I saw it as soon as we started walking down the school corridor. It was back to school night and Mrs. B, the second-grade teacher, was explaining their recent project. The children had made posters demonstrating a value that their family had taught them.
I was surrounded by “Be kind to others”, “Always tell the truth”, “I can do anything if I try”. Wedged in the middle, written in bright pink highlighter was my daughter’s poster “Don’t eat like a pig” by Ryan O’Rourke.
I was mortified. How could this be the one thing she remembered? I am sure I had imparted other words of wisdom to her. I mean yes, I admit, I did tell my 7-year-old daughter not to eat like a pig. This was because she did eat like a pig, and I thought she should know how not to eat like a pig. The end.
If I am being honest this was not my first “bad mom” moment. As a matter of fact, I have had more then I like to admit.
I didn’t follow the school bus on my daughter’s first day of kindergarten. I went home, locked the door and enjoyed my cup of coffee in exhilarating silence. I have dodged lunch duty on the pretense I had a doctor’s appointment. When in reality it was the last day of the “Friends and Family” sale at Bloomingdales. I threw out my daughter’s slime when she was at school. I was relieved when I didn’t get picked for the fifth-grade field trip.
And there was that one time I left my youngest, Maggie, at the field after her sister’s soccer game. Of course, I turned around and immediately went back….as soon as another Mom called me fifteen minutes later.
The truth is after 19 years I am still winging this motherhood thing. I wish I was more like June Cleaver. I wish being their Mom was enough for me and that sometimes I didn’t feel unfulfilled and consumed by motherhood. I know I should feel grateful. But I need a life outside of my children.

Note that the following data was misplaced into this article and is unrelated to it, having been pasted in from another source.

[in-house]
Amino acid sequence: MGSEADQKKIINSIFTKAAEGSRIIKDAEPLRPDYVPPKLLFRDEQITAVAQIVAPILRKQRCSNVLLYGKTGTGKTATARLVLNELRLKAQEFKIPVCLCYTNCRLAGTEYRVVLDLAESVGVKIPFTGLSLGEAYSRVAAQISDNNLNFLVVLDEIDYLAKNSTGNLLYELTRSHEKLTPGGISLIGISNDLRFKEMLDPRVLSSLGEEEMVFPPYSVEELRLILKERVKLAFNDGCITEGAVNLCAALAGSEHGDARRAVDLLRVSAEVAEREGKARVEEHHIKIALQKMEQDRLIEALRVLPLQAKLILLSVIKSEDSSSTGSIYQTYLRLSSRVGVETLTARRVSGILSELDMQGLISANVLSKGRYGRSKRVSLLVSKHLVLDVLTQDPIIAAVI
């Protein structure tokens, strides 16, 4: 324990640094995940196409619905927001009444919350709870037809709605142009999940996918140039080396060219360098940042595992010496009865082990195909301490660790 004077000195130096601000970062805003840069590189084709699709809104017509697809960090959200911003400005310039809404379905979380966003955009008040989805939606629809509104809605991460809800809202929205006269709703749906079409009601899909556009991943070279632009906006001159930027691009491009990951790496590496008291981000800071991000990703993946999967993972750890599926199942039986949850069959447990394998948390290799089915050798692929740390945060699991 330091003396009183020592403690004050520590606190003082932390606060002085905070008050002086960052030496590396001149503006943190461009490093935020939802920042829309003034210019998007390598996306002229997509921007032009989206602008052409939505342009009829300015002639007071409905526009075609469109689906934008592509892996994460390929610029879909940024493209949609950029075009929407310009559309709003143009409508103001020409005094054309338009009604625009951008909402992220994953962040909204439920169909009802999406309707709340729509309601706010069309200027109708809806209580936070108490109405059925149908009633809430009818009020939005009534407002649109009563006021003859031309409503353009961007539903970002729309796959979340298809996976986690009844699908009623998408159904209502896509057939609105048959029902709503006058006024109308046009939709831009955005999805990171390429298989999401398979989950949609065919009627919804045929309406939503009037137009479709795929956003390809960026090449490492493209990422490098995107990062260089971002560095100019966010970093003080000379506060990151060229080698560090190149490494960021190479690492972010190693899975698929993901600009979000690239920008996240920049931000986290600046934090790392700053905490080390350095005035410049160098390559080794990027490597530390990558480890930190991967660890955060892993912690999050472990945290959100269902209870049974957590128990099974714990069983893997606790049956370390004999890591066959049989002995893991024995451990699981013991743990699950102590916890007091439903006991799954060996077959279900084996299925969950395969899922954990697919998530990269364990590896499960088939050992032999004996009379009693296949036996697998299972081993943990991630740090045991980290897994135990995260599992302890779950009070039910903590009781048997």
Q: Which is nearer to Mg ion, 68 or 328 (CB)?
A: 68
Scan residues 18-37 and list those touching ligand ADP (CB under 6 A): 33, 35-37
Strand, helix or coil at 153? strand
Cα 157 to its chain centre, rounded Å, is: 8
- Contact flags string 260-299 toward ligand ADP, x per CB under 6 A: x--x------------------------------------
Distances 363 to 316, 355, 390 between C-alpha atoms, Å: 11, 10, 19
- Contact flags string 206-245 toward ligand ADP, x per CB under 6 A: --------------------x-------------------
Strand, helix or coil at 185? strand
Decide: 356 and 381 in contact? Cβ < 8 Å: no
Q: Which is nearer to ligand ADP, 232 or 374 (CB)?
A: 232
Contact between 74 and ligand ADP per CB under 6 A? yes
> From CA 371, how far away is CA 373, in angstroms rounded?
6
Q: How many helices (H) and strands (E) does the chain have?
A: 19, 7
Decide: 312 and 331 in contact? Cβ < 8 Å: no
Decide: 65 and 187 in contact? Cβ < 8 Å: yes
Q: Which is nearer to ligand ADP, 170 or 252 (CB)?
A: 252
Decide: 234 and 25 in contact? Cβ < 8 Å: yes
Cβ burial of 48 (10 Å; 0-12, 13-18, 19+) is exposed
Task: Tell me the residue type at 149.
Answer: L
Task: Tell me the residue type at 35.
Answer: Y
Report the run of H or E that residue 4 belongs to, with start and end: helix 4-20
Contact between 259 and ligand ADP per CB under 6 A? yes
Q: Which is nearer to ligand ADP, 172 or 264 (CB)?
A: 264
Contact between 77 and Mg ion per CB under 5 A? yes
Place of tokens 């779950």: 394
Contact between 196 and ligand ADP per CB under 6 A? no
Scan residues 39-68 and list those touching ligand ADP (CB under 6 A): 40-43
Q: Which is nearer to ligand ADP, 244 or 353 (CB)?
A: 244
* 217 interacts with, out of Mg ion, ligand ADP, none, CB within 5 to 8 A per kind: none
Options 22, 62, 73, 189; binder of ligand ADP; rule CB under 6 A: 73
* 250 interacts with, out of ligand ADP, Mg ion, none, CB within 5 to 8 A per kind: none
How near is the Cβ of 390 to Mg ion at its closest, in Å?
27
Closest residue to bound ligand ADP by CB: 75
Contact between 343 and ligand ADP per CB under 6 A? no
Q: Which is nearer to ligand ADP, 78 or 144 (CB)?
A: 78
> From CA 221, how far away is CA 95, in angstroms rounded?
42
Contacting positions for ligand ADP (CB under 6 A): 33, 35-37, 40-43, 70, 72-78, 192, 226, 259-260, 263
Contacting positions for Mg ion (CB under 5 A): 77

Despite how all of this may sound, I love my kids and am extremely blessed to be their Mom. When I go into their rooms at night and catch them sleeping, I physically feel my heart ache. When they succeed I am ecstatic and when they are hurting I suffer.
I have realized that being a good mom is more than being the girl scout leader. It is about opening a can of soup when they are sick, hugging them when they are sad and listening to them when they need someone to talk to. The crazy thing is despite all my “bad mom” tendencies my kids are actually fine. Somehow they are on their way to becoming amazing young women. Don’t get me wrong, they are teenagers. There is fighting, slammed doors and tears.
For me being a mom doesn’t have to be all-inclusive. I do not have to view the world solely through their needs. It’s okay for me to have other identities. I can be a good Mom and a friend, daughter, wife and writer. I have come to the realization that I don’t have to try to be the perfect Mom, just loving them is enough.